The English Department Chairman does not effectively implement the department’s policies and procedures; he maintains a double standard concerning department policies and procedures. He uses the department’s secretary as his own personal secretary: department requests are prioritized after his own; the department secretary types his personal correspondence, and answers the office telephone with his name instead of English Department Office. The office is no longer a center for camaraderie and formal or informal dialogue.

The English Department Chairman has not established a healthy, cooperative, and professional environment. Most of what is being accomplished in the department is done in spite of him.

The English Department Chairman has not contributed toward improving and maintaining the reputation of the English Department; instead, he promotes ill-will outside of the department and lacks sufficient respect from faculty and staff members of other departments.

The English Department Chairman does not provide the necessary educational, instructional, organizational, supervisory and administrative leadership essential for our English Department. He does not encourage an esprit for learning and good will among the department members. The morale of the department is at its worst. The climate is indifferent and cynical. There is a strong perception that the department chairman does not care about the school, its programs, its teachers and the community.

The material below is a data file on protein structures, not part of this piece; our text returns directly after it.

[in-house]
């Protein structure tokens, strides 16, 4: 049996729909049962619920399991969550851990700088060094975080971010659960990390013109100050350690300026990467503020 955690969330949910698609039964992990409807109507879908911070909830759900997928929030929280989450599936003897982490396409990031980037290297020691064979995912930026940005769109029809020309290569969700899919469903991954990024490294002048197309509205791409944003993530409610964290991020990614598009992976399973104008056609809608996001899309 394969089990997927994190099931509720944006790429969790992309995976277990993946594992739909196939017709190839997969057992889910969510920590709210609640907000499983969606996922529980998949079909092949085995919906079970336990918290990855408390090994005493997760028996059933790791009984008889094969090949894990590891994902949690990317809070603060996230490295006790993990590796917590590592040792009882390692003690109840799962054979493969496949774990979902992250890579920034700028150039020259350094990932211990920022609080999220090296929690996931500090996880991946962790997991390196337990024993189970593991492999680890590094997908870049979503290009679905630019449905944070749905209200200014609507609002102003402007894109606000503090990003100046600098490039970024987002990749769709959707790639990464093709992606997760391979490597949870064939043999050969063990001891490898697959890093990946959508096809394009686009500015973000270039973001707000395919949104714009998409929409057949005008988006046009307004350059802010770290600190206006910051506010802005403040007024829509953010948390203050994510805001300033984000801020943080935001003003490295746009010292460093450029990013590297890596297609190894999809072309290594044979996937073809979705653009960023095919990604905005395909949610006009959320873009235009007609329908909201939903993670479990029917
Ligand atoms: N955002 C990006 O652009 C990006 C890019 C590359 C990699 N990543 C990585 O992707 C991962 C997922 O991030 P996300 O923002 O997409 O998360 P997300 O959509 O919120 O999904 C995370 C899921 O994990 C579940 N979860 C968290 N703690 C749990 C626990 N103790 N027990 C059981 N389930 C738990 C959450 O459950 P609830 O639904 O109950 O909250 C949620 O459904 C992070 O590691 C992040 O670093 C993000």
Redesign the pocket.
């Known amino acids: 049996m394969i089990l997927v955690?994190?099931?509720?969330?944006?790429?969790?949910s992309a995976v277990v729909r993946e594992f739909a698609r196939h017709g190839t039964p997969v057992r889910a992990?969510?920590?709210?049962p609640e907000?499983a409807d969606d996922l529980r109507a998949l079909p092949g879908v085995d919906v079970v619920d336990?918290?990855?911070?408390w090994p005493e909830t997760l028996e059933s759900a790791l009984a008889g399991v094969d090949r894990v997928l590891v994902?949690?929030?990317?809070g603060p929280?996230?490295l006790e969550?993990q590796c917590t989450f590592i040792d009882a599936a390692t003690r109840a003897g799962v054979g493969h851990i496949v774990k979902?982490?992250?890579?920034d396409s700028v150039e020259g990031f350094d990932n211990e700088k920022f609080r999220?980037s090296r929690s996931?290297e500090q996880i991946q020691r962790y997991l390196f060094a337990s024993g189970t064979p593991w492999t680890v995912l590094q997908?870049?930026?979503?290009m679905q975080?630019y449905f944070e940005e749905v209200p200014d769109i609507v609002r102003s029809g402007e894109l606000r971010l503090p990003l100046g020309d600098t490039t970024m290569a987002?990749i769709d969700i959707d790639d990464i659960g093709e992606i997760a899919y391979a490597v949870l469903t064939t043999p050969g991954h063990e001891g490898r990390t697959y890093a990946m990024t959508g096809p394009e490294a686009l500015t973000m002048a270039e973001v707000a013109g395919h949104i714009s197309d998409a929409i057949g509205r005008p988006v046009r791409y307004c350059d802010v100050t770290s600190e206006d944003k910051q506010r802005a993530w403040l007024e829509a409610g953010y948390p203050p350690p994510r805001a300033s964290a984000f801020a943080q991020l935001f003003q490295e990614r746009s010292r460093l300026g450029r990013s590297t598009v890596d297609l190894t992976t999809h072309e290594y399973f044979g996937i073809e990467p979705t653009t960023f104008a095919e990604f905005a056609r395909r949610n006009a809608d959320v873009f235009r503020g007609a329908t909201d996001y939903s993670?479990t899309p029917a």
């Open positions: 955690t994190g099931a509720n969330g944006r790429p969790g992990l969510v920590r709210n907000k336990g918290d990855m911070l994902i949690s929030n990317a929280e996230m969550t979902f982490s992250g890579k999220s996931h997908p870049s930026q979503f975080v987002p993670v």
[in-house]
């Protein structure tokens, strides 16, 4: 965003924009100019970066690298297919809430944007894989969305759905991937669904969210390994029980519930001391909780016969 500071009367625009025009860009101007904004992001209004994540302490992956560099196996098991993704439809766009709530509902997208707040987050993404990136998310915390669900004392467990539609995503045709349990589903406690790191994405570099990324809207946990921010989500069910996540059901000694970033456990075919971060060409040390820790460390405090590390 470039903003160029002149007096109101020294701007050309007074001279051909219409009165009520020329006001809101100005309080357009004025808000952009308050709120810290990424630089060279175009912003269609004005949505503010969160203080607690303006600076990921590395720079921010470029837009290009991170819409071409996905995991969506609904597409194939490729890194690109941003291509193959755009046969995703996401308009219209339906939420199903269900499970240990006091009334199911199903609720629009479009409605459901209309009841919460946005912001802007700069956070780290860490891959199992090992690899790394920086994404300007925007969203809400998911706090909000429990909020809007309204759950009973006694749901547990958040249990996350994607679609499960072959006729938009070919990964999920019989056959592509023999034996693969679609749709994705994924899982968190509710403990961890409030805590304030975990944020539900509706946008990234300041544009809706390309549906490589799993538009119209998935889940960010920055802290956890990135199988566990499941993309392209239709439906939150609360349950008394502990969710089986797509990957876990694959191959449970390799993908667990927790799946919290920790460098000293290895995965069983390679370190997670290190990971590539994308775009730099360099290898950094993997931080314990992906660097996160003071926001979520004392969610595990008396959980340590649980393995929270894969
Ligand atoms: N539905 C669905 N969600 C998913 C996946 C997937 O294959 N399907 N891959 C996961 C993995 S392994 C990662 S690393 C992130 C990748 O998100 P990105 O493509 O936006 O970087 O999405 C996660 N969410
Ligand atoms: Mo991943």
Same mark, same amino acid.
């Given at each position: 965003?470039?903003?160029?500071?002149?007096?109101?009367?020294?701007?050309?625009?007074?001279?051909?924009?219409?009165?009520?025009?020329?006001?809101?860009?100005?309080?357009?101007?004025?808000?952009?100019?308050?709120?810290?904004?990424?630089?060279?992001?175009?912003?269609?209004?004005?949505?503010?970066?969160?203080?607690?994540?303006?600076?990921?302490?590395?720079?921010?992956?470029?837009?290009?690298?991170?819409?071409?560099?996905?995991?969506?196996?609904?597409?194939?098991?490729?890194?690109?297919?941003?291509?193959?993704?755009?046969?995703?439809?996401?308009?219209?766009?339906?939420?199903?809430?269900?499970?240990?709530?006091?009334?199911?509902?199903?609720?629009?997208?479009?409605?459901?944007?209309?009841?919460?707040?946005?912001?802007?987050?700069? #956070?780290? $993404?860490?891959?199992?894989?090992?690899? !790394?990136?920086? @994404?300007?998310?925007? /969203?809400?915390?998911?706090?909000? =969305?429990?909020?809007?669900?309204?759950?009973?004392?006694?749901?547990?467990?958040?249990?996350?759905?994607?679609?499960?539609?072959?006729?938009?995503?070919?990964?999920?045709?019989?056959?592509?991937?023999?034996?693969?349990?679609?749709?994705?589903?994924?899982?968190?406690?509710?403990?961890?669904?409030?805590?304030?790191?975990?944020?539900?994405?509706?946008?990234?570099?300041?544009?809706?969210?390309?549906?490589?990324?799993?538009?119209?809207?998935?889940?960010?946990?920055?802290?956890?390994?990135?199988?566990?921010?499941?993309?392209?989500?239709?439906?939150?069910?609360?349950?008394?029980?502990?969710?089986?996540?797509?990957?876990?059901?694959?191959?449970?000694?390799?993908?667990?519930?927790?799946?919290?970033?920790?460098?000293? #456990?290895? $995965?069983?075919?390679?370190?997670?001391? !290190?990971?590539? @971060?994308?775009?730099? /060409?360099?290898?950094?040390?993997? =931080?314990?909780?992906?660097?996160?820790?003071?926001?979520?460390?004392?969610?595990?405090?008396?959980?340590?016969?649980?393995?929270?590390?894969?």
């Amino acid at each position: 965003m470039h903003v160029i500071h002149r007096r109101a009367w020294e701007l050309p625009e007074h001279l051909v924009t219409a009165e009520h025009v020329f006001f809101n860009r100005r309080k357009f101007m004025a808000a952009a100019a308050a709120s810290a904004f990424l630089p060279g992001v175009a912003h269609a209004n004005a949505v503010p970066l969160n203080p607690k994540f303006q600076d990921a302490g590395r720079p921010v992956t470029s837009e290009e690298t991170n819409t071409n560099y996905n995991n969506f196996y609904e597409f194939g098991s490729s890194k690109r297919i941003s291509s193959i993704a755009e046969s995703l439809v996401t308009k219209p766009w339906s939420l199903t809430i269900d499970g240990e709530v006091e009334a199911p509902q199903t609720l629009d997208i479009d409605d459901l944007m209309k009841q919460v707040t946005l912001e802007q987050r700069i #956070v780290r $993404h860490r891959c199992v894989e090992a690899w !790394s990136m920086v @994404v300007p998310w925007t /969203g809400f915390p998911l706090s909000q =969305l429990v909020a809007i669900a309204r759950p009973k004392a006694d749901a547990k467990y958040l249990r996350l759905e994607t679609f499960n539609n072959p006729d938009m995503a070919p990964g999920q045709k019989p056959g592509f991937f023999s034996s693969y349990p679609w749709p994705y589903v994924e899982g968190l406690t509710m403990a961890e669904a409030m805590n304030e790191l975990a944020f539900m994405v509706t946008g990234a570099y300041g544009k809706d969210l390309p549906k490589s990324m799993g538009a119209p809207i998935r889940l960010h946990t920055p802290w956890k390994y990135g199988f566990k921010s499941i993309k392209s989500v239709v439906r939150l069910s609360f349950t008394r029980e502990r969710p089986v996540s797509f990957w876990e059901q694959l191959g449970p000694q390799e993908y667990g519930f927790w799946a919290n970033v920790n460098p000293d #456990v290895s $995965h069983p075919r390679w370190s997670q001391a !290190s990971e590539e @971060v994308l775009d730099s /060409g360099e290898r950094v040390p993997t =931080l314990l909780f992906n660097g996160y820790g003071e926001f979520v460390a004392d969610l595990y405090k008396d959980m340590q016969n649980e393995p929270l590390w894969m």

-Glen Brown


Friday, March 30, 2018

Addressing an Incompetent English Department Chairman in 2007




To: The English Department Chairman
CC: The Administration of Lyons Township High School
From: Glen Brown
Subject: The English Department Chairman
Date: February 2007

Based upon my conversation with my colleagues and all of our on-going dialogues with more than 20 tenured and non-tenured English teachers at Lyons Township High School, we believe we have a serious leadership crisis in the English Department. Though non-tenured teachers, for fear of losing their jobs or reprisal, have remained silent, their silence must not be construed as an acceptance of the current state of affairs, nor are the tenured teachers’ voices that you have heard recalcitrant. 

On the contrary, we are willing to follow superior leadership that will help us to provide our students with the very best instructional practices and educational resources available to date. Moreover, we would be remiss and hypocritical if we contradicted the critical and challenging thinking we all admire and encourage in our own classrooms.

It is apparently alarming that our department’s morale is so low that some of the non-tenured teachers are talking about applying elsewhere. For the first time since the fall of 1991, we believe our classroom autonomy is threatened by unnecessary, officious demands and that the once respected and acknowledged teacher input within the department is not being heard and, most importantly, acted upon.

We believe a department chairman who makes unilateral decisions without building consensus from teachers is a foolish and dictatorial disregard of how successful implementation of ideas work. A top-down decision-making policy and procedure will never work in any high school department, especially ours. To not listen to teachers’ concerns is to ignore the rich history and plethora of knowledge available in the English Department at Lyons Township High School. Congenial efforts and spirited, intellectual debate leading to group acceptance has always been the road taken on significant issues that affect both teachers and, ultimately, the students.


To the English Department Chairman:

It is evident that you are not listening to our concerns; it appears that you have no concept of how to move this department forward and no original and insightful ideas or instructional leadership; nor do you know the various types of students and courses that we teach.